One of the first steps in their program involved asking participants to sit down and first write down their values. According to the program, these should be more philosophical; they should be about what guiding ideas we want to live by, such as love, time with family, service to community, wisdom, or self-care.
Then we must identify our most important roles and responsibilities in home, work, and our personal life. These should be specific, such as a yoga class, earning money, caring for kids, patient care, the big project at work, time with friends.
It has been said that “the key is not prioritizing your schedule but scheduling your priorities.” Once you have given some thought to your most important responsibilities and values, you can use that information to guide your schedule-making.
When done in small groups, this exercise leads to durable improvements in work-life integration. Similarly, individual coaching on this improves integration and reduces burnout, according to a 2019 study. Not every organization and individual can afford such coaching, of course, but we can answer these questions on our own and even just with friends who are struggling with similar issues.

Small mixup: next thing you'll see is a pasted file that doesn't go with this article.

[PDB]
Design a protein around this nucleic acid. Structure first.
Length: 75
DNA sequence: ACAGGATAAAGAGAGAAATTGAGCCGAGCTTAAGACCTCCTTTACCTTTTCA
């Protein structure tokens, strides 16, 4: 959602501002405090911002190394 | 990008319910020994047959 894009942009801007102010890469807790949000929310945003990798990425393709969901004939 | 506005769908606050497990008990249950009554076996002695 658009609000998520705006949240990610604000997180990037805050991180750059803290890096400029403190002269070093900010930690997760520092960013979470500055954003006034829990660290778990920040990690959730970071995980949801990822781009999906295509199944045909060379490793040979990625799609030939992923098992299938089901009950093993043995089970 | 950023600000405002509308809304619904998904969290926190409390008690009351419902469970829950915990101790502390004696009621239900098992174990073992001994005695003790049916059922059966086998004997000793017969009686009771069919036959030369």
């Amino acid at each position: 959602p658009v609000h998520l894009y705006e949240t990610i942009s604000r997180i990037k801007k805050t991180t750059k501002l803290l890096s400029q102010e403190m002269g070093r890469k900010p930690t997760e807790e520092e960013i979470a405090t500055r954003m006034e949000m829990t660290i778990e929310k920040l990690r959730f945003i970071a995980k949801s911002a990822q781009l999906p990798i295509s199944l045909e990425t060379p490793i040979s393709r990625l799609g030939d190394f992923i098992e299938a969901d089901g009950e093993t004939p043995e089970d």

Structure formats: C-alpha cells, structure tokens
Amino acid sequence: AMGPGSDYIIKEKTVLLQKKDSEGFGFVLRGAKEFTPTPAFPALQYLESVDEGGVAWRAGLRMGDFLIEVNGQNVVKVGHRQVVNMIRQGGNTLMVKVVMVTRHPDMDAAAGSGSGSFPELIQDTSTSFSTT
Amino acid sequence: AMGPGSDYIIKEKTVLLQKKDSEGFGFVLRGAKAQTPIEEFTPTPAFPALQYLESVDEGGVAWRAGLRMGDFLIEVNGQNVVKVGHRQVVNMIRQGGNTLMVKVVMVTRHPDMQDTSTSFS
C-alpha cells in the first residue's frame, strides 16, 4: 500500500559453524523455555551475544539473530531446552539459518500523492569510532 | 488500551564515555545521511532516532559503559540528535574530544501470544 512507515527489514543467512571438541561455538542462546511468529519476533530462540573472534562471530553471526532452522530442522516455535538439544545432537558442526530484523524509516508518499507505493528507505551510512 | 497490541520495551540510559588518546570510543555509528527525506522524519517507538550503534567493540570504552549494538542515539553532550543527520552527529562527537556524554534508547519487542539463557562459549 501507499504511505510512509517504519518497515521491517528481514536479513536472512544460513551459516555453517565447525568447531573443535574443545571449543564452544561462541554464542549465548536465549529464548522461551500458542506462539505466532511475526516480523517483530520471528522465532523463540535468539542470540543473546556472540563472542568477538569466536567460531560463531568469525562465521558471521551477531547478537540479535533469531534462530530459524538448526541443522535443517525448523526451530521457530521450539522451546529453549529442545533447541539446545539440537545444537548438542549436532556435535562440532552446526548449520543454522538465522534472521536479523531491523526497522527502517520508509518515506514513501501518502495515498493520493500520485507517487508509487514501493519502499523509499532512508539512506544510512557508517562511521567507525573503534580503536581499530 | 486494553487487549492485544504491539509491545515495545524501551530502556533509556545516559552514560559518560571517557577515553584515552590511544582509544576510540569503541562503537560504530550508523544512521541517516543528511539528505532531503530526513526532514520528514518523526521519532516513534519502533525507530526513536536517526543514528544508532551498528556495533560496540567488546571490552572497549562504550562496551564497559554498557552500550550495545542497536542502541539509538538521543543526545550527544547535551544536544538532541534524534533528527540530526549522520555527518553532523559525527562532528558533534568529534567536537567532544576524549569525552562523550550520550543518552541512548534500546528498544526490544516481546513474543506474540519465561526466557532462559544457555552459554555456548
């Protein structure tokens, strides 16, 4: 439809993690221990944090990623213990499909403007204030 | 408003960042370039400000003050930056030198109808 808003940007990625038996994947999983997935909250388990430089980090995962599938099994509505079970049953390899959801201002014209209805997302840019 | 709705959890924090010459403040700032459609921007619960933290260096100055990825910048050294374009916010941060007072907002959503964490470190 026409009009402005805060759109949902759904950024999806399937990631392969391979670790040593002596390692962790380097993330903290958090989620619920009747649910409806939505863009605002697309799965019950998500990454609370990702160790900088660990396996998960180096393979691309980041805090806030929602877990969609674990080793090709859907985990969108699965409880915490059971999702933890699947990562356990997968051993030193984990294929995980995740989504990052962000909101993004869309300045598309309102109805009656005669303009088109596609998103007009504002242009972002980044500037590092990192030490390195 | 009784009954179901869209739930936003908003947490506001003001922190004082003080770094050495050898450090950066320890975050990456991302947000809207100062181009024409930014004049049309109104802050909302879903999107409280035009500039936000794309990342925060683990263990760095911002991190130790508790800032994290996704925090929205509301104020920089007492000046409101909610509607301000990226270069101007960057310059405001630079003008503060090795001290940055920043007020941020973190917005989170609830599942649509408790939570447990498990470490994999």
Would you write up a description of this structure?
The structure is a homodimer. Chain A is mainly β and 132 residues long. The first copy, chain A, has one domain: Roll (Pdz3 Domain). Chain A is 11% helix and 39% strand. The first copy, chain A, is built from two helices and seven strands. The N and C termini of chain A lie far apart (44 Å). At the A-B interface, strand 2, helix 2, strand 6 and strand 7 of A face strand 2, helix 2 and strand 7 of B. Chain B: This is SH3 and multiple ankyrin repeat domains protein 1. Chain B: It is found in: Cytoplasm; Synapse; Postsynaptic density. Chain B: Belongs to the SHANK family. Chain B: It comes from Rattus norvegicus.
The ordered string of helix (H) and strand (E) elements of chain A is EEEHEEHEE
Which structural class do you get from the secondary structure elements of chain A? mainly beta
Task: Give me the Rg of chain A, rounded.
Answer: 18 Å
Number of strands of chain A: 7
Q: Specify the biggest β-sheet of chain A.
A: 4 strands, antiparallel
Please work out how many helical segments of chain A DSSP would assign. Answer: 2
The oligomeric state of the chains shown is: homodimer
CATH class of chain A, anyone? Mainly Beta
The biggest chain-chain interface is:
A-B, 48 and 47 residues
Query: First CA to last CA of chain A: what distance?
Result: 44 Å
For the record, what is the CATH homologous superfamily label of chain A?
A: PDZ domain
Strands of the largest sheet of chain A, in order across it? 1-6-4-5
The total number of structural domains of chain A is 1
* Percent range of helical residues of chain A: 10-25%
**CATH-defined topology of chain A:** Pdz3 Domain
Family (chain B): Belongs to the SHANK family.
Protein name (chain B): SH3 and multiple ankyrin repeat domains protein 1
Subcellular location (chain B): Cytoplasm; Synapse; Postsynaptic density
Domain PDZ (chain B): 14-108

Many people have offered plans to allocate our time and energies to improve our work-life integration, but they tend to be about efficiency rather than addressing the cognitive conflicts. For example, telling yourself that you are done with work doesn’t necessarily stop your thoughts about work. Nor do they include strategies for coping with the work-life conflicts that will arise in a busy, purposeful life. This is where a Greater Good-informed work-life integration (WLI) framework can help us, drawing on research that this publication has covered for years. Here are some steps you can take.
1. It starts with self-awareness. Simply recognizing the need for WLI requires awareness; making a habit of noticing where our minds are going and what our body is telling is key to make sure we are on the right path with our plan.